In a joint statement, both companies said they ‘regret’ that the ‘extensive’ remedies offered were considered ‘insufficient’ by the Commission. Alstom added that the blocked merger was ‘a clear set-back for industry in Europe’.

The Commission’s decision does not prevent the two companies from attempting to merge again in the future, as long as they suggest ways of stripping away parts of their businesses so they do not have a dominant position in any market segment. Other companies have done this. Examples include BASF’s acquisition of Solvay’s nylon business; Gemalto’s acquisition by Thales; Linde’s merger with Praxair; GE Power’s acquisition of Alstom’s power generation and transmission assets; and cement firm Holcim’s acquisition of Lafarge in 2015. However, neither Alstom nor Siemens show the appetite to do so.

There is little point in taking strong measures to preserve a fair market in Europe for European players when other major economies like the US and China do not play by the same rules

Guy Harles
Co-Chair, IBA Corporate and M&A Law Committee

Matthew Hall, an antitrust/competition partner at McGuireWoods in London, is not surprised by the Commission’s decision. ‘It was always going to be difficult to push this merger through,’ he says. ‘Siemens and Alstom are the two biggest operators in a sector with only a small number of players, so in competition terms, this was always the most likely outcome in the absence of far-reaching remedies of the type which ultimately the parties were not willing to put forward.’

Alongside the scrapped Alstom–Siemens merger, the Commission also blocked Wieland’s proposed acquisition of Aurubis, which would have created a dominant player in Europe’s rolled copper products sector. The merged entity would have resulted in a company with more than a 50 per cent share of the European Economic Area market, while its nearest competitor, KME/MKM, holds only a 20 per cent stake. Rolled copper is used extensively in the automotive and electronics industries. Demand for these products is rising rapidly due to the growth of hybrid and electric cars, which use up to four times the amount of rolled copper than diesel or petrol engine cars. The Commission decided the merged entity would have easily resulted in market dominance and increased prices for European manufacturers.

For Berlin and Paris, the veto of the Alstom–Siemens deal underlines how the EU’s stringent competition rules are a relic of a bygone era. For them, it suggests the Single Market is at risk of being undercut within its own borders by non-EU rivals as a result.

Manifesto for the 21st century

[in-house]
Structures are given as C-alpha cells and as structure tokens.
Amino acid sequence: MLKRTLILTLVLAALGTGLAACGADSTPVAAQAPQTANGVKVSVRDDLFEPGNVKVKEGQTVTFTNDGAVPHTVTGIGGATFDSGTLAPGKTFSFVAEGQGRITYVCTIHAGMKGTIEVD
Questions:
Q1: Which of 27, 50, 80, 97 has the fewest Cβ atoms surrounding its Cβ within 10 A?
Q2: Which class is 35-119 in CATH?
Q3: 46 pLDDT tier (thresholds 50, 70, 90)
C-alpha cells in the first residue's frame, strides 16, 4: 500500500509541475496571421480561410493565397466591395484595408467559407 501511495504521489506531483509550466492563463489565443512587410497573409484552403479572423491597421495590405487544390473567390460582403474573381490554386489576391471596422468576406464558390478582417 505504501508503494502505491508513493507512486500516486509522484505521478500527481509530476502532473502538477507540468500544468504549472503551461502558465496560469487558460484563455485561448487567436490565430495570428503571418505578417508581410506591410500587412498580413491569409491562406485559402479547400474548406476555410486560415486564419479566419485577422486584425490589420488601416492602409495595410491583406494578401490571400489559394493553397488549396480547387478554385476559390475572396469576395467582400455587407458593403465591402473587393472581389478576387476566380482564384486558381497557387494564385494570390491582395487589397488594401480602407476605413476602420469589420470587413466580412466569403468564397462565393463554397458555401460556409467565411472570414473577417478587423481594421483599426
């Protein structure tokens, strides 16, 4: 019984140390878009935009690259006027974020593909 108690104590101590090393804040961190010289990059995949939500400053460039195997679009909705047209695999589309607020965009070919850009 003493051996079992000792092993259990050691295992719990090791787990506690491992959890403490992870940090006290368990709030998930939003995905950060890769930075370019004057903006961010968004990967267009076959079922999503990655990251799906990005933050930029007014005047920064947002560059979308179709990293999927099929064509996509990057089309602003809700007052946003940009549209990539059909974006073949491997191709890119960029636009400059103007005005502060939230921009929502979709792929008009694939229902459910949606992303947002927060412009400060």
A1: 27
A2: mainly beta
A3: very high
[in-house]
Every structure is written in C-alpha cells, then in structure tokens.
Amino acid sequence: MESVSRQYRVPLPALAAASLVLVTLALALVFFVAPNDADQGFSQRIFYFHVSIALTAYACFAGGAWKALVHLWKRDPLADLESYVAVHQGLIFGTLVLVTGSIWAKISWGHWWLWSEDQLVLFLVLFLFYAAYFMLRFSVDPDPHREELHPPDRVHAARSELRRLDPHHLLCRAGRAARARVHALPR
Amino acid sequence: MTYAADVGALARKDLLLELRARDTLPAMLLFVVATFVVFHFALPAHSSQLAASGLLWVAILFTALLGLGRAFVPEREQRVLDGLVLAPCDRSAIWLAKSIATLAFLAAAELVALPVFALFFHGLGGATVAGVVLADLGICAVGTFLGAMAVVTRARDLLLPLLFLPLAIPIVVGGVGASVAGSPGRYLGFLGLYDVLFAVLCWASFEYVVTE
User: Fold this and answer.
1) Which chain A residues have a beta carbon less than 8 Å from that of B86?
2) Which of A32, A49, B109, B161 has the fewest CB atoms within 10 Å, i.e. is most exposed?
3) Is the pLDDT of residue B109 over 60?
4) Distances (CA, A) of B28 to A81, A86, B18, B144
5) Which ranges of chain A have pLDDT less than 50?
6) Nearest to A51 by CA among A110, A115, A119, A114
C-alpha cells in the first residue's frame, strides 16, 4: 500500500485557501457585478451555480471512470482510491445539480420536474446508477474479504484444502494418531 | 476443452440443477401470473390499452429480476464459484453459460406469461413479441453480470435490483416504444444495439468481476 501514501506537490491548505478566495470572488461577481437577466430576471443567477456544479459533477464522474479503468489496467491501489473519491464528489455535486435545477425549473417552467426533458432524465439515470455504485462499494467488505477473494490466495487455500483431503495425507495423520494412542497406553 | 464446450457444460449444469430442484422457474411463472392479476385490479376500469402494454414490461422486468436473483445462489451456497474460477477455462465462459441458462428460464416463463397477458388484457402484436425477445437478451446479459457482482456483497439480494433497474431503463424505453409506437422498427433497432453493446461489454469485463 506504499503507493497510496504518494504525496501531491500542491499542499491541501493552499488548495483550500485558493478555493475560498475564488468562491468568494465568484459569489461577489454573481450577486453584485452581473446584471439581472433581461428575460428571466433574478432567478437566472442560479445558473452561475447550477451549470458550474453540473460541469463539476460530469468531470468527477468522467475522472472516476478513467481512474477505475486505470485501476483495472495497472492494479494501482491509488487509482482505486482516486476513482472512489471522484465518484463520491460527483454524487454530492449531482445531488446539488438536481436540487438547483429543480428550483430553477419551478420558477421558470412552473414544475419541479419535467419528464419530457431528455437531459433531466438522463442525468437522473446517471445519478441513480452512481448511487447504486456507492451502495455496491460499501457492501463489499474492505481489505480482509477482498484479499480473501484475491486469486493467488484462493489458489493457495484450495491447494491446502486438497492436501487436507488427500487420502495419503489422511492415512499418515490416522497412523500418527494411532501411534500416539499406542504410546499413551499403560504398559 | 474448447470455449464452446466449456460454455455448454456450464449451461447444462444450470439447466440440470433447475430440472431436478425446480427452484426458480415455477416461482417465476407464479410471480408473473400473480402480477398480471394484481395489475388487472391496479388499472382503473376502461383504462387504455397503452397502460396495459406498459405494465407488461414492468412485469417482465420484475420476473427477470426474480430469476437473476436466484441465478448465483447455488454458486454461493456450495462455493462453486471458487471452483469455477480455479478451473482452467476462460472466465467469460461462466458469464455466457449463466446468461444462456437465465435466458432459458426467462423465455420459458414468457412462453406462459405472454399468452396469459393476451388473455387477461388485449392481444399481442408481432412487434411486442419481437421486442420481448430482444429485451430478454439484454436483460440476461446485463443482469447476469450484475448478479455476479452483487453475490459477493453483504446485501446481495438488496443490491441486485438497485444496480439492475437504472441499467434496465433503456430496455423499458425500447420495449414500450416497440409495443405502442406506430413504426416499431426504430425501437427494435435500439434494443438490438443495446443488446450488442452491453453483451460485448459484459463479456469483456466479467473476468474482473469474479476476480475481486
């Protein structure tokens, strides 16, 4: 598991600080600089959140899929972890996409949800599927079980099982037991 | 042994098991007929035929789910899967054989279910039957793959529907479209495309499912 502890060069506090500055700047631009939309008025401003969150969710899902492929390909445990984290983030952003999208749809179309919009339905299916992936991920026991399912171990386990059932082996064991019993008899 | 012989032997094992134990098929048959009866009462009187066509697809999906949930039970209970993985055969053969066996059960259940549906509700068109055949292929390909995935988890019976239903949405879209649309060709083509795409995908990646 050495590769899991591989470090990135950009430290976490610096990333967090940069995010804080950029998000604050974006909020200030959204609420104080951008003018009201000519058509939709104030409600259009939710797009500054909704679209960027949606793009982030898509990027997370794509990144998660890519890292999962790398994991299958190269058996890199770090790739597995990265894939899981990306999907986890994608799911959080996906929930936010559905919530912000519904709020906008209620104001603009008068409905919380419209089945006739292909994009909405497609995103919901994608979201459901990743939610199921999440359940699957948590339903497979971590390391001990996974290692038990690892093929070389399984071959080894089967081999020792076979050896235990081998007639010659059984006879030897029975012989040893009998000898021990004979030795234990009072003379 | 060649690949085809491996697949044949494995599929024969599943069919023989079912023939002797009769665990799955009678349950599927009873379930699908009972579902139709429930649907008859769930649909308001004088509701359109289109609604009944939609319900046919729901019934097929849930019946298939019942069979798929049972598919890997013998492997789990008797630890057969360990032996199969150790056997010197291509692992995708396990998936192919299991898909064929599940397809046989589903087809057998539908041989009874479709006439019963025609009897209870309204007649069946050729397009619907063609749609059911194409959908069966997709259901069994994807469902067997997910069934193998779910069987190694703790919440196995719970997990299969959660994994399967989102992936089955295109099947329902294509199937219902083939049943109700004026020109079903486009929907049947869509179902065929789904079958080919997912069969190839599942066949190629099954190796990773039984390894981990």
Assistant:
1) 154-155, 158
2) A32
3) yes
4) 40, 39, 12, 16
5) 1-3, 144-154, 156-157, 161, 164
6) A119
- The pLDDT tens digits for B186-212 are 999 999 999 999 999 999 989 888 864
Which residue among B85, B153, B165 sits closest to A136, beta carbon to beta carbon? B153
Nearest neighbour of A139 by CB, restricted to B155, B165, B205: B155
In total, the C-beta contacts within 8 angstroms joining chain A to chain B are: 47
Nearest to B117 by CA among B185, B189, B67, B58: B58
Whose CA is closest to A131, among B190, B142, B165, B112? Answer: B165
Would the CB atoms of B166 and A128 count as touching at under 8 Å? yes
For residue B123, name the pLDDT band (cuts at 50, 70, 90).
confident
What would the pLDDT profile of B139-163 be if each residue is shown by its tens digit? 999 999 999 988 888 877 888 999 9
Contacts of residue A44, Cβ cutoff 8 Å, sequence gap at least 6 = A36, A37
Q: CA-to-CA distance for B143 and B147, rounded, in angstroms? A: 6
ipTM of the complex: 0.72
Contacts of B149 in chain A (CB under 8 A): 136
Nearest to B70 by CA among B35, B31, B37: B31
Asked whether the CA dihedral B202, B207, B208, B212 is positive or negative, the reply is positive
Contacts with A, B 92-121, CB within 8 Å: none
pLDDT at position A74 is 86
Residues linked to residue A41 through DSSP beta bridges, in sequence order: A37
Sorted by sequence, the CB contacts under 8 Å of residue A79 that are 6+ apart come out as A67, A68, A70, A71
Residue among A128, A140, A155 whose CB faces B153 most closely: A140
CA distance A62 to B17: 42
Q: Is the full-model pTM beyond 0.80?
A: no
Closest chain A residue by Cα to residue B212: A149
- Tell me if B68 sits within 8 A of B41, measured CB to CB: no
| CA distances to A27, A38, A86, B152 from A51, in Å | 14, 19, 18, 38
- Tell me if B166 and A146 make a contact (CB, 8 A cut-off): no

Just days after the decision, the French and German governments jointly published their Manifesto for a European industrial policy fit for the 21st Century (the ‘Manifesto’). The Manifesto includes proposed changes to the EU’s merger control rules, including enabling the Commission to take a more ‘flexible’ approach in its assessment of competition issues by contrasting global, current and future market conditions. The Manifesto also proposes taking into greater consideration the state-control of, and subsidies for, undertakings within the framework of merger control, and allowing politicians in the Council of the European Union to override Commission merger control decisions in certain cases.

Hall believes that any attempt by France and Germany to change the rules around EU competition policy is going to be difficult to push through. ‘I doubt there will be much appetite among the rest of the EU Member States to change competition policy so that the likes of France and Germany can allow their companies to form “European champions” to ward off non-EU companies while strangling competition within the EU at the same time.

‘The argument about needing “European champions” has been around for a long time and it has never been successful, and nor is it likely to be so in future,’ he says. ‘As many observers have commented, the better way to ensure the development of world-leading

EU-based companies is to deepen and strengthen the EU Single Market and continue with strong competition policy enforcement as now.’

Hall believes there are other ways to ensure a level playing field worldwide for EU companies, such as implementing foreign direct investment (FDI) rules in a targeted way where national security is genuinely an issue.

Trading the benefits of competition for 500 million customers in the European Single Market for possibly better protection against China’s expansion is the wrong approach

Oliver Foerster
Board member, Globalaw

Others are similarly unconvinced by the ‘European champions’ argument, and even less convinced by France and Germany’s protests that there needs to be more political oversight of EU merger policy and decisions. ‘Big isn’t always beautiful,’ says David Amiach, a partner at French law firm Cohen Amir-Aslani. ‘The notion of creating European champions overlooks the fact that companies don’t need to dominate their domestic markets in order to hold their own in competitive international markets. China, furthermore, doesn’t have a share in the European rail market, and the competitive disadvantage of the two European companies is exaggerated.’

In Amiach’s opinion, ‘the Commission makes technical, economic and legal assessments on mergers – not statements of policy’. He also dismisses the notion that the Commission is ‘anti-merger’ in any way, noting that it has blocked fewer than 30 mergers since the EU Merger Regulation was adopted in 1989 and approved more than 6,000.

Amiach concedes that fears of unfair competition from players outside the EU may need to be checked. Other measures may have the desired effect, however, rather than creating giants within the EU. Amiach believes that ‘proponents and opponents of the [Siemens–Alstom] decision would agree to strengthen the EU competition framework with massive support in innovation investment, a foreign investment-screening framework and a reciprocity mechanism for public procurement with third countries, even though the real challenges lie beyond sole defensive instruments.’